Brother Scott Chelette, GC of GA-927, wanted it to be highlighted that: “The three medical occurrences we negotiated for in December’s contract didn’t help our members in assigned service. With this TA, we were able to convert them into on-demand sick days available to assigned and unassigned boards alike. Now our yardmen and all our road crews can benefit from these days without UP being able to deny the requests.” Chelette also wanted it known that this win wasn’t just accomplished by himself and the other four GCs.

“This truly was a team effort. Not only were we successful in having all 5 GCs stick together in the negotiations, but our legislative team was a big part of this,” he said. “The State Legislative Directors across UP’s territory as well as Greg Hynes and Jared Cassity in the National Legislative office worked behind the scenes to get Congress and state officials to apply pressure on UP to bargain with us in good faith. When you have the legislative team working hard and the membership amplifying their message every step of the way about our quality-of-life concerns, this TA is the kind of product we can achieve as a strong labor organization.”

Brother Luke Edington GC of GO-953, said: “All told, this TA provides our members with an unprecedented 8 days of on-demand paid leave for illness and well-being. This is the kind of achievement that makes the countless hours of work we put into this union movement worthwhile. This improvement to SMART-TD frontline workers’ lives is what makes it worthwhile answering the alarm clock every day of our careers.”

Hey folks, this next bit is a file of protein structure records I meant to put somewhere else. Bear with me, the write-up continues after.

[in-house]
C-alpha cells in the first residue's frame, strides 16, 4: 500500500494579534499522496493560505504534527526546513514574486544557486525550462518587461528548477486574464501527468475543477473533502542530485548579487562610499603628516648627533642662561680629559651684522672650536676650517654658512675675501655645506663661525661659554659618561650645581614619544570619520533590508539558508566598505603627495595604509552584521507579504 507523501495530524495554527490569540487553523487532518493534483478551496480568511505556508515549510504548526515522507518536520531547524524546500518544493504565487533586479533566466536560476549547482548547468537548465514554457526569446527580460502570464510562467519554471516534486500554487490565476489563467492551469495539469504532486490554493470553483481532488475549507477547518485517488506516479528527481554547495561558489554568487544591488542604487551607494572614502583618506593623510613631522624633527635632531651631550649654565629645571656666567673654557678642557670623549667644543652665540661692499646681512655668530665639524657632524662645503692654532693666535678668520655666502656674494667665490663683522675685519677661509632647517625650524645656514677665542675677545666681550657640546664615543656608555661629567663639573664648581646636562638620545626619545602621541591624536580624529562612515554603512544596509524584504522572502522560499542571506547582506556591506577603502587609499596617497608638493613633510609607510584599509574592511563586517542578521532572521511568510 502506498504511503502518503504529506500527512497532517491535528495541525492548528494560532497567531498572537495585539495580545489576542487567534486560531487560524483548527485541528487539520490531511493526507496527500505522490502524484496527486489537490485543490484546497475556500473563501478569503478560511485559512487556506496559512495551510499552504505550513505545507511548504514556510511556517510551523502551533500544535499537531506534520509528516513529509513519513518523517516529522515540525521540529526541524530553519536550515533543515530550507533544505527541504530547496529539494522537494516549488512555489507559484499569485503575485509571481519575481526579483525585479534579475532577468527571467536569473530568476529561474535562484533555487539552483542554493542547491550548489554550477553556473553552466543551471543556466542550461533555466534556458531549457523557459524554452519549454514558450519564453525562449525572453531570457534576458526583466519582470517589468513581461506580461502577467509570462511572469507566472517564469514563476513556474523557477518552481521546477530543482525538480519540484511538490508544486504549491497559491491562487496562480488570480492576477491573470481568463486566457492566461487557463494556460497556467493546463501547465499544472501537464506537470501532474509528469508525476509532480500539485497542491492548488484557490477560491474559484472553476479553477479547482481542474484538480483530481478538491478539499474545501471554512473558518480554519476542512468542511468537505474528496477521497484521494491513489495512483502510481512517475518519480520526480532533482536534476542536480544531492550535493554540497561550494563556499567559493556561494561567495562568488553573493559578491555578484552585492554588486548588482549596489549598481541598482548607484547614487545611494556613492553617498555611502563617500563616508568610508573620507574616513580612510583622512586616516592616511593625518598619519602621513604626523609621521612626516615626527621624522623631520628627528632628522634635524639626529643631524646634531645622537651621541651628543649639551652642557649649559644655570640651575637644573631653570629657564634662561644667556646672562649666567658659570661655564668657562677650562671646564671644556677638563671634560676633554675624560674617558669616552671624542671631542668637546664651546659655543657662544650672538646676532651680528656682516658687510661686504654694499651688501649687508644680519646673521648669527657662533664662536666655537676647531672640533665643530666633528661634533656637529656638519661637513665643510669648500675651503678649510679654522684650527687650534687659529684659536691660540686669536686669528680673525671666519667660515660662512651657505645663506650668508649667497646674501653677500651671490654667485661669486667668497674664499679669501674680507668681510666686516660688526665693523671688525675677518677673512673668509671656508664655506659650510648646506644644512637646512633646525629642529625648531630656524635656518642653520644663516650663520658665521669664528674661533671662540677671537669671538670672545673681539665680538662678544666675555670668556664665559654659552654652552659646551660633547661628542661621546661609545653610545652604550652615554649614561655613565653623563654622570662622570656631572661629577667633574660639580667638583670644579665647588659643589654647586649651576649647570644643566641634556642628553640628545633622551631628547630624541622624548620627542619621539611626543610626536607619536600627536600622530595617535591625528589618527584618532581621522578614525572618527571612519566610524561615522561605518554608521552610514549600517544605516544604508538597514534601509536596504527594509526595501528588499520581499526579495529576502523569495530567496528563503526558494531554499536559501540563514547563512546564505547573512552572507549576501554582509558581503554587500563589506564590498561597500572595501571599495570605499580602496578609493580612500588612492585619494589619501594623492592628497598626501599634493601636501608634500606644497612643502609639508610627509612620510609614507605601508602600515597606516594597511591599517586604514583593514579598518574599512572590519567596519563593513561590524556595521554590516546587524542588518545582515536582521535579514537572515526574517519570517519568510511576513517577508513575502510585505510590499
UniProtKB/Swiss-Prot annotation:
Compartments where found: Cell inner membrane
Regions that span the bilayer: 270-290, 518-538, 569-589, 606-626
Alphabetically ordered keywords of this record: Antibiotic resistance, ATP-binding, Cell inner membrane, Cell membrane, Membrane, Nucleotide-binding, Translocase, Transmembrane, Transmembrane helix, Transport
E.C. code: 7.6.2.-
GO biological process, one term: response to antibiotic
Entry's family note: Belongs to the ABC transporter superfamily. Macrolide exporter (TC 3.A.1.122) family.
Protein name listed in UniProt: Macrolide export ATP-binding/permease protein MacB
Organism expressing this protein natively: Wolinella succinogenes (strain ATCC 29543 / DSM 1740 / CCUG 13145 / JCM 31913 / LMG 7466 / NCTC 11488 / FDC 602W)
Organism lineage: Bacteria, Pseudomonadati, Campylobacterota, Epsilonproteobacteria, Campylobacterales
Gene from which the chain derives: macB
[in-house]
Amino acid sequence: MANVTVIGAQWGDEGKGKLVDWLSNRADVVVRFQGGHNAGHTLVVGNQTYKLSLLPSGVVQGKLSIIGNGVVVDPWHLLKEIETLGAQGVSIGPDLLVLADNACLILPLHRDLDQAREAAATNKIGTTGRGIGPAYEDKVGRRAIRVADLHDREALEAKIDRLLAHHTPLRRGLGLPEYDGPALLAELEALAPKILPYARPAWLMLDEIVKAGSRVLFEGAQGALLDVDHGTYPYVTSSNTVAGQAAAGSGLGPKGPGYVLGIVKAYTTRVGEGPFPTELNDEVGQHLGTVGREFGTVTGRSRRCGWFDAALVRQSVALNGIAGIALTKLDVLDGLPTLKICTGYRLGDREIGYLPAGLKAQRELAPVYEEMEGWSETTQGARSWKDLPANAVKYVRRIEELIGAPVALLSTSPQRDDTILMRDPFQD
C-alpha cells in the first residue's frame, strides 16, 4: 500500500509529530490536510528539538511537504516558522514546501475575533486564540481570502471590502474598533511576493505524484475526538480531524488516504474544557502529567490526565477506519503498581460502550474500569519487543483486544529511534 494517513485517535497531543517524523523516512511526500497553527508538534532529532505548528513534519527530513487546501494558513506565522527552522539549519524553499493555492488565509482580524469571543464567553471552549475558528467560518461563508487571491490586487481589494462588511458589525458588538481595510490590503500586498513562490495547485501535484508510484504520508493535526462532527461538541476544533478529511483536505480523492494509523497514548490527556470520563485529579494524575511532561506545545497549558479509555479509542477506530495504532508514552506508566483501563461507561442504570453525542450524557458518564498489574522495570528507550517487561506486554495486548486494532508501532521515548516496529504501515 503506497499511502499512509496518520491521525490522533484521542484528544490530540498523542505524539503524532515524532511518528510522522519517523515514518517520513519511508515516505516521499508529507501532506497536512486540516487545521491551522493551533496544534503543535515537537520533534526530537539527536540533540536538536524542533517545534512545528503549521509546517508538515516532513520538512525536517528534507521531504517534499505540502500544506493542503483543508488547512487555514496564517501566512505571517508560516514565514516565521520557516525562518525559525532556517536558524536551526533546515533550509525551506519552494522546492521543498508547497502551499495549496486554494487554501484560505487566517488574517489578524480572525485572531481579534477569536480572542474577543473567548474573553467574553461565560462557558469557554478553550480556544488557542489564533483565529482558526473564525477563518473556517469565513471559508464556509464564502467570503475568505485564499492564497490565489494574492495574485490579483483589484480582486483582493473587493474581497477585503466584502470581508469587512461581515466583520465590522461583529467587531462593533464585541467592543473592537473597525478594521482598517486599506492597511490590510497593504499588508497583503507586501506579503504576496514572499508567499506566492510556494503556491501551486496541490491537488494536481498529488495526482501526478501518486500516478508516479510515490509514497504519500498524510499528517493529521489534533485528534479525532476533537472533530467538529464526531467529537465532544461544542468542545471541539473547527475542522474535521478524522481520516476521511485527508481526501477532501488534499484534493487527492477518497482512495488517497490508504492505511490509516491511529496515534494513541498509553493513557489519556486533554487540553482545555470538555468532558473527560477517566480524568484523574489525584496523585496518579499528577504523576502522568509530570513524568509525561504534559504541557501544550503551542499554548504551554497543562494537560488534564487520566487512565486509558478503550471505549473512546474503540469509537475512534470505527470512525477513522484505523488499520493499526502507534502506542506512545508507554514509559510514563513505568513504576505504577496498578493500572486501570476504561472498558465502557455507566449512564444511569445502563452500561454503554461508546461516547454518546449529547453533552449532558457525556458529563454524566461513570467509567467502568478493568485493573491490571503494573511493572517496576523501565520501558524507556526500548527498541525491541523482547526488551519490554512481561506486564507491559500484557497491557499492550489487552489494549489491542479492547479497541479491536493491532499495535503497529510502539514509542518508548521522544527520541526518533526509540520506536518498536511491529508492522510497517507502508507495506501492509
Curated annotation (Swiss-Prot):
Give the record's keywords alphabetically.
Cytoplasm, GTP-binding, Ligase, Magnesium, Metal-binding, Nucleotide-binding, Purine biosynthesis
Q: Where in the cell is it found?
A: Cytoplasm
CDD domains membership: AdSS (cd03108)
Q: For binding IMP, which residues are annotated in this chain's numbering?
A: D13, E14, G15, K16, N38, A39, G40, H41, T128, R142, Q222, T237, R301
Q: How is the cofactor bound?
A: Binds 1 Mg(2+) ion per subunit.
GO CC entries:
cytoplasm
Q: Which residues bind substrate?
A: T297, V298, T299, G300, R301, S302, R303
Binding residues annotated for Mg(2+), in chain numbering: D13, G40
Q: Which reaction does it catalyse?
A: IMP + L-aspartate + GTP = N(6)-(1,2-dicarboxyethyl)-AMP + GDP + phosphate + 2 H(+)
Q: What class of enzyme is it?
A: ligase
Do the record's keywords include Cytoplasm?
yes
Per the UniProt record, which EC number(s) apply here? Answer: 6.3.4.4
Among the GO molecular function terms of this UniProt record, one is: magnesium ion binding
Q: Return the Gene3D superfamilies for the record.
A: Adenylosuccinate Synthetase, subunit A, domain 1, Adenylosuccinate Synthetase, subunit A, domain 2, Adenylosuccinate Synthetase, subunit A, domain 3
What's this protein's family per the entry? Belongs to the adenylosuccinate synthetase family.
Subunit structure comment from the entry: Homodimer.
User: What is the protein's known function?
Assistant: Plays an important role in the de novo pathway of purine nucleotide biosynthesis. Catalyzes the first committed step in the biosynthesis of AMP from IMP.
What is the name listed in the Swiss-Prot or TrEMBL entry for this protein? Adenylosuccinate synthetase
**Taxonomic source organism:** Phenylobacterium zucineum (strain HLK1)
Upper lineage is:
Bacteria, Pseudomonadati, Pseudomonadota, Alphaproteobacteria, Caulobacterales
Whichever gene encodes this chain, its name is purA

General Chairman Joe Cornelius of GCA 569 said: “We put a lot of time and thought in to make sure that everyone got cut in on this deal. The TA really is a win/win for our members. If they get sick, they can take a day off and not worry about losing that day’s pay, and for the first time, they won’t have to worry about being assigned any points toward discipline. One of the perks to this agreement that we insisted on is that it isn’t a ‘use-it or lose-it’ scenario. All unused sick days can be banked up to 60 days that keep rolling. If a member accumulates more than 60 unused days, UP will cut them a check to cash out the excess days. It’s a great parachute to have a 60-day buffer when things go wrong medically.”

Brother Gary Crest, GC of GO-887, said: “This TA has been a long time coming. It took 160 years to get here, but we aren’t done yet. There’s still a lot of work left to do to bring this railroad into the 21st century, and we are determined to do it.”

“I want to thank SMART-TD leadership for their support as we work together to create an environment where employees feel valued, supported and empowered to deliver exceptional service to our customers,” said Lance Fritz, Union Pacific chairman, president and CEO. “We are committed to continued collaboration with our labor partners and employees to further identify opportunities that support our best-in-class workforce.”

Please see the attached document to see the highlights of the tentative agreement. Local chairpersons will be receiving the verbiage soon and they will be providing it to the members for review as they consider ratification of the agreement.